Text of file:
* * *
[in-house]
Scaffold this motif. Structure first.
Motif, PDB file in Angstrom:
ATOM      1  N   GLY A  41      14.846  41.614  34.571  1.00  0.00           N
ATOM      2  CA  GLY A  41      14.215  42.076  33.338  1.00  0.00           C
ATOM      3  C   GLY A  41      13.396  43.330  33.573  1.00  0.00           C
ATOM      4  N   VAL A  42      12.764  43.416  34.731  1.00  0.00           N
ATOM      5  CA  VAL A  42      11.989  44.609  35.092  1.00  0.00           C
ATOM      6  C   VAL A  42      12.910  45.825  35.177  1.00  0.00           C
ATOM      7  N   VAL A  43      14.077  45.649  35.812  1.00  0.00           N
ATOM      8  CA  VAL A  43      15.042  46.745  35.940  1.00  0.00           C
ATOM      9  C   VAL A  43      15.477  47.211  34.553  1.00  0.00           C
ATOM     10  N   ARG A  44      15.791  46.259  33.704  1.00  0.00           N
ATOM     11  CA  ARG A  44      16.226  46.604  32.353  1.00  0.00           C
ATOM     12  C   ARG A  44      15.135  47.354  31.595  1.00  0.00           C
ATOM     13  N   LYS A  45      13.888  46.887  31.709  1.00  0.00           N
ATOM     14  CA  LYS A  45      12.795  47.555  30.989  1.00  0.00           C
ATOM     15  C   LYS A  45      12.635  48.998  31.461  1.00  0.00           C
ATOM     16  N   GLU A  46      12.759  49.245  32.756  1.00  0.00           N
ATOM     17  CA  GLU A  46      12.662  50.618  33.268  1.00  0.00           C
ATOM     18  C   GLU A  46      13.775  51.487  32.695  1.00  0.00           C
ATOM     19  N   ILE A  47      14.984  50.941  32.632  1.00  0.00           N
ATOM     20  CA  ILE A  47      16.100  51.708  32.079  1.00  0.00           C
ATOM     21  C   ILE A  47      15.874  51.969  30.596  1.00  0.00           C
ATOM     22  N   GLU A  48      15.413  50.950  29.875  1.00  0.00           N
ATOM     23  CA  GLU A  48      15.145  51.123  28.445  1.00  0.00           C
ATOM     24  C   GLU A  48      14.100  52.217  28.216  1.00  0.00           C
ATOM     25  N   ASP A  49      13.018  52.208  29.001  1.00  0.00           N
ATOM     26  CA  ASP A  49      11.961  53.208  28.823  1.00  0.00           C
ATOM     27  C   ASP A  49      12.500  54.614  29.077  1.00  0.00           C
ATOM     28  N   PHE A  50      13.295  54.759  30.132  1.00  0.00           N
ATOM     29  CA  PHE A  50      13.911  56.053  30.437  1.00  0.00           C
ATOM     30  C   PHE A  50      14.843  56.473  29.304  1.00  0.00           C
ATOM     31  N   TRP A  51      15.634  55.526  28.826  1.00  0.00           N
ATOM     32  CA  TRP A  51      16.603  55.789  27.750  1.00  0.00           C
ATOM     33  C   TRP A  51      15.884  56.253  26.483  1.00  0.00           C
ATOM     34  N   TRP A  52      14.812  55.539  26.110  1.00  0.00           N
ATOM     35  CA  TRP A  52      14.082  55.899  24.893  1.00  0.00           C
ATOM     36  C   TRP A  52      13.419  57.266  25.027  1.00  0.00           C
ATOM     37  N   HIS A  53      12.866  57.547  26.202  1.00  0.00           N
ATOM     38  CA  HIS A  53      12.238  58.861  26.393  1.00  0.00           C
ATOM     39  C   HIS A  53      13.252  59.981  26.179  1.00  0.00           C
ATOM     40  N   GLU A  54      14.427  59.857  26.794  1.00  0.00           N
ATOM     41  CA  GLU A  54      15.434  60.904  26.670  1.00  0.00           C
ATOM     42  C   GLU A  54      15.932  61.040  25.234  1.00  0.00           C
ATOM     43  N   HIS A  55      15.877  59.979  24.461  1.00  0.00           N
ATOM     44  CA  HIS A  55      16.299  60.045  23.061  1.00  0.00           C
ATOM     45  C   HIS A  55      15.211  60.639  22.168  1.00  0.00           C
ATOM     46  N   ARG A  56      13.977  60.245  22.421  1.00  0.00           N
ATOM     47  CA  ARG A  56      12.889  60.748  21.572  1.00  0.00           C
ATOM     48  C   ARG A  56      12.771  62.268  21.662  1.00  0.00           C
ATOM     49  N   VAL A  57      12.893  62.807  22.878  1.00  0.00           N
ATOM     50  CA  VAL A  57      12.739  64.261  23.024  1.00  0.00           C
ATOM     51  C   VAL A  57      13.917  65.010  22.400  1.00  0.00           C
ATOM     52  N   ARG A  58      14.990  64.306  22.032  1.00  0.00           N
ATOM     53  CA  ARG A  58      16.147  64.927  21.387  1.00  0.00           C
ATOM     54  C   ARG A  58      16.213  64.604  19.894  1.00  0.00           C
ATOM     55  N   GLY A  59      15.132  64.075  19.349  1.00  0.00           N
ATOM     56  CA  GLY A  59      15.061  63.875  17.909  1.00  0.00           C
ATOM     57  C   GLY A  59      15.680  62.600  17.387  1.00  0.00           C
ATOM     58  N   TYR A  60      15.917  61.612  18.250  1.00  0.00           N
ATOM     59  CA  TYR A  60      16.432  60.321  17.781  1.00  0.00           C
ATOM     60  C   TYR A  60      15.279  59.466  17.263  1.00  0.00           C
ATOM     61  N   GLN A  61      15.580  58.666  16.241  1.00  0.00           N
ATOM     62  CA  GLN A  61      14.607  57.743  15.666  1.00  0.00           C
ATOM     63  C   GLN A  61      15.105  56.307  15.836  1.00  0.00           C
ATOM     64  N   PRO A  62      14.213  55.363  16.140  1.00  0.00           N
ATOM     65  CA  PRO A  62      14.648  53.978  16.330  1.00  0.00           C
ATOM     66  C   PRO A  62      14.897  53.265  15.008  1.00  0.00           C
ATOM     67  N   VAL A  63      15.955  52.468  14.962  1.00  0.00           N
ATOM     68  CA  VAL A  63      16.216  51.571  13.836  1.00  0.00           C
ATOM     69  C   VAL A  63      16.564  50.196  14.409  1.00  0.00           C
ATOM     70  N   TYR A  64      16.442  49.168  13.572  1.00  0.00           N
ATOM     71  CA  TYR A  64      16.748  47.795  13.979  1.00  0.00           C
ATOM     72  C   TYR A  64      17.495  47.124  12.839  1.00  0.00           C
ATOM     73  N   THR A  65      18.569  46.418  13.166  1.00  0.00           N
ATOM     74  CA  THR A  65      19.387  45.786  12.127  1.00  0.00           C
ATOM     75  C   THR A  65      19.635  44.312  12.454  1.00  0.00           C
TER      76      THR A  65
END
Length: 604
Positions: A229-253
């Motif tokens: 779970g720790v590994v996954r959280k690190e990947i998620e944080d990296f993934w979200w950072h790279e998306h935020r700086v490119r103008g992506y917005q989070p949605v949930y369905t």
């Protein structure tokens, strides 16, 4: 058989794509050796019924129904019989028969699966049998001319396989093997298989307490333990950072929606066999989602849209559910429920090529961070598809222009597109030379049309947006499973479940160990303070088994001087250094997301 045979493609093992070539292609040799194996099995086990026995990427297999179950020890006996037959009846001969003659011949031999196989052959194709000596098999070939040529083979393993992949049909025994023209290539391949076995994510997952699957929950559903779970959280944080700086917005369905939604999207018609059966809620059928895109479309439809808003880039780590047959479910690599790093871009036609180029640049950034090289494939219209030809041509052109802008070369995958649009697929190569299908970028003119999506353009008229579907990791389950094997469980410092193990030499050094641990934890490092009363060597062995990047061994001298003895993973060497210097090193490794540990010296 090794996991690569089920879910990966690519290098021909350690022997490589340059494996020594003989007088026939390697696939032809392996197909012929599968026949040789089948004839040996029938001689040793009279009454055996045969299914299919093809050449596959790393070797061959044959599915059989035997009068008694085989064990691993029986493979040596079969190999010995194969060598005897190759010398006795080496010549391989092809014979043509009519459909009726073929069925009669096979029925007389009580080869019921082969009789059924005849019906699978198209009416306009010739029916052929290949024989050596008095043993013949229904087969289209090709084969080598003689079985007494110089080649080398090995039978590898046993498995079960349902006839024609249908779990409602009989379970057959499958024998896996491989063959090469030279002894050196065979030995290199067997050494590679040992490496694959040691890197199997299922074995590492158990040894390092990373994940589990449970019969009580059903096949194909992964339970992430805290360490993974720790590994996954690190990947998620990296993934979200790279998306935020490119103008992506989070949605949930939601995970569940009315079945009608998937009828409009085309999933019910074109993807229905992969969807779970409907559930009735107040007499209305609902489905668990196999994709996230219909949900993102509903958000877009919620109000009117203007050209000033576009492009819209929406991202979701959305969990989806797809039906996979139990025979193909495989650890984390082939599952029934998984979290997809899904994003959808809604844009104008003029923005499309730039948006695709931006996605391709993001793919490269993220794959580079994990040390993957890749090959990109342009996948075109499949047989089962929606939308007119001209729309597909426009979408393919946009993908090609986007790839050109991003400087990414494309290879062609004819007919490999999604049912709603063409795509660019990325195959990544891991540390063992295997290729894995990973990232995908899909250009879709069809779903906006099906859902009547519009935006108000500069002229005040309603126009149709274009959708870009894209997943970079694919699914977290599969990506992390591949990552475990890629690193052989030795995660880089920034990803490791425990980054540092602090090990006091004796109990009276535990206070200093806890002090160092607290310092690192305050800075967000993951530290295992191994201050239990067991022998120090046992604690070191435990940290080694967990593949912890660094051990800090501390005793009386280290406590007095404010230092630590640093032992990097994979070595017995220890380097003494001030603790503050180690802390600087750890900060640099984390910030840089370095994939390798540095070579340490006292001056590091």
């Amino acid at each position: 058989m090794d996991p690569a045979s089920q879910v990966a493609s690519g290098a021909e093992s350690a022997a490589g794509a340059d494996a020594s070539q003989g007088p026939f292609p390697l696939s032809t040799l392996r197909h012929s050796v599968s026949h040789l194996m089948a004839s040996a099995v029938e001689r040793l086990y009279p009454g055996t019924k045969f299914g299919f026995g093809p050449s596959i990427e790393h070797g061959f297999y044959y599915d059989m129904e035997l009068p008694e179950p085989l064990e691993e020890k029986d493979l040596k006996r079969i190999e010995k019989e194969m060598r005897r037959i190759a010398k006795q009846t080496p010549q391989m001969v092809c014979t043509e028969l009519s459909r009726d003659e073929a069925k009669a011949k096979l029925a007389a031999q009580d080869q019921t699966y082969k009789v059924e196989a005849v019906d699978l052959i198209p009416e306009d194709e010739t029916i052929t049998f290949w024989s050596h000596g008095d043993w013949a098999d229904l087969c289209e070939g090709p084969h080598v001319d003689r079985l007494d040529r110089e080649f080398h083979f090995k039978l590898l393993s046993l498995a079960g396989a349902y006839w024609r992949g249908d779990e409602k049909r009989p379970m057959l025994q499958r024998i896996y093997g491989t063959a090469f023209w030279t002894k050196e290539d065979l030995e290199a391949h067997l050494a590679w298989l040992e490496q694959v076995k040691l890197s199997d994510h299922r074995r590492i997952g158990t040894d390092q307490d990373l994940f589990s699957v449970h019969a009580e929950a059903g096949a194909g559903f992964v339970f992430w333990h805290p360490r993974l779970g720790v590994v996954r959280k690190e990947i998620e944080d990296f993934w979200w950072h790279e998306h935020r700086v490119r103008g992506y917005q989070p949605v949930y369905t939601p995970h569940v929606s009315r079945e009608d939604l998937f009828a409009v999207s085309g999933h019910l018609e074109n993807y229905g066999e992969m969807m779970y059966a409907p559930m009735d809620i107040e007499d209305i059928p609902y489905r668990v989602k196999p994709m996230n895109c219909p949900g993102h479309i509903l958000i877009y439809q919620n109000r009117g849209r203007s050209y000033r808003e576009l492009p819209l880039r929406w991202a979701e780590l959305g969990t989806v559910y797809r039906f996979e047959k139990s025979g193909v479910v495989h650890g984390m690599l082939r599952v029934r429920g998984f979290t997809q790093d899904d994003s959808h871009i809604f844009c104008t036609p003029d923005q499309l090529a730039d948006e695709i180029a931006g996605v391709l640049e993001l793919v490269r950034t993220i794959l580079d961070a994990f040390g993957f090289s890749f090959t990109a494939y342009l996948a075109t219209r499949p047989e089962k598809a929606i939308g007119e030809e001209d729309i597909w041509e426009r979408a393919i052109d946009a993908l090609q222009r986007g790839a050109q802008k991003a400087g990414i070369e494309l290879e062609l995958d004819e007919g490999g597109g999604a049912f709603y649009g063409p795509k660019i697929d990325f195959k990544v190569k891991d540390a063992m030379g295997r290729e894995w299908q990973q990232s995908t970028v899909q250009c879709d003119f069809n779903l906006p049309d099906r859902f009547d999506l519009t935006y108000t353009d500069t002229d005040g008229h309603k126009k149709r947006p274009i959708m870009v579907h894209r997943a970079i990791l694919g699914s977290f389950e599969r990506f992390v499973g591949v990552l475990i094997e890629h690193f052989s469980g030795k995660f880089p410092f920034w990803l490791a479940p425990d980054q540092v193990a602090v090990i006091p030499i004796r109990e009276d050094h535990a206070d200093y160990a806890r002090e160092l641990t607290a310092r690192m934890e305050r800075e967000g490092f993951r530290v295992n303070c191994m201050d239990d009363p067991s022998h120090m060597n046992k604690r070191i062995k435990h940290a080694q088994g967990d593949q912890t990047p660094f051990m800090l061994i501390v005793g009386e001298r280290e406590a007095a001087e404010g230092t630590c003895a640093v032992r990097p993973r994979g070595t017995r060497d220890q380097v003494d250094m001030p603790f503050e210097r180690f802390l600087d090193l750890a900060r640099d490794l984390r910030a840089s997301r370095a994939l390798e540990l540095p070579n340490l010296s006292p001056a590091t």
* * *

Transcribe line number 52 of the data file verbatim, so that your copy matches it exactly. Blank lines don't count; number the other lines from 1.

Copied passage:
ATOM     49  N   VAL A  57      12.893  62.807  22.878  1.00  0.00           N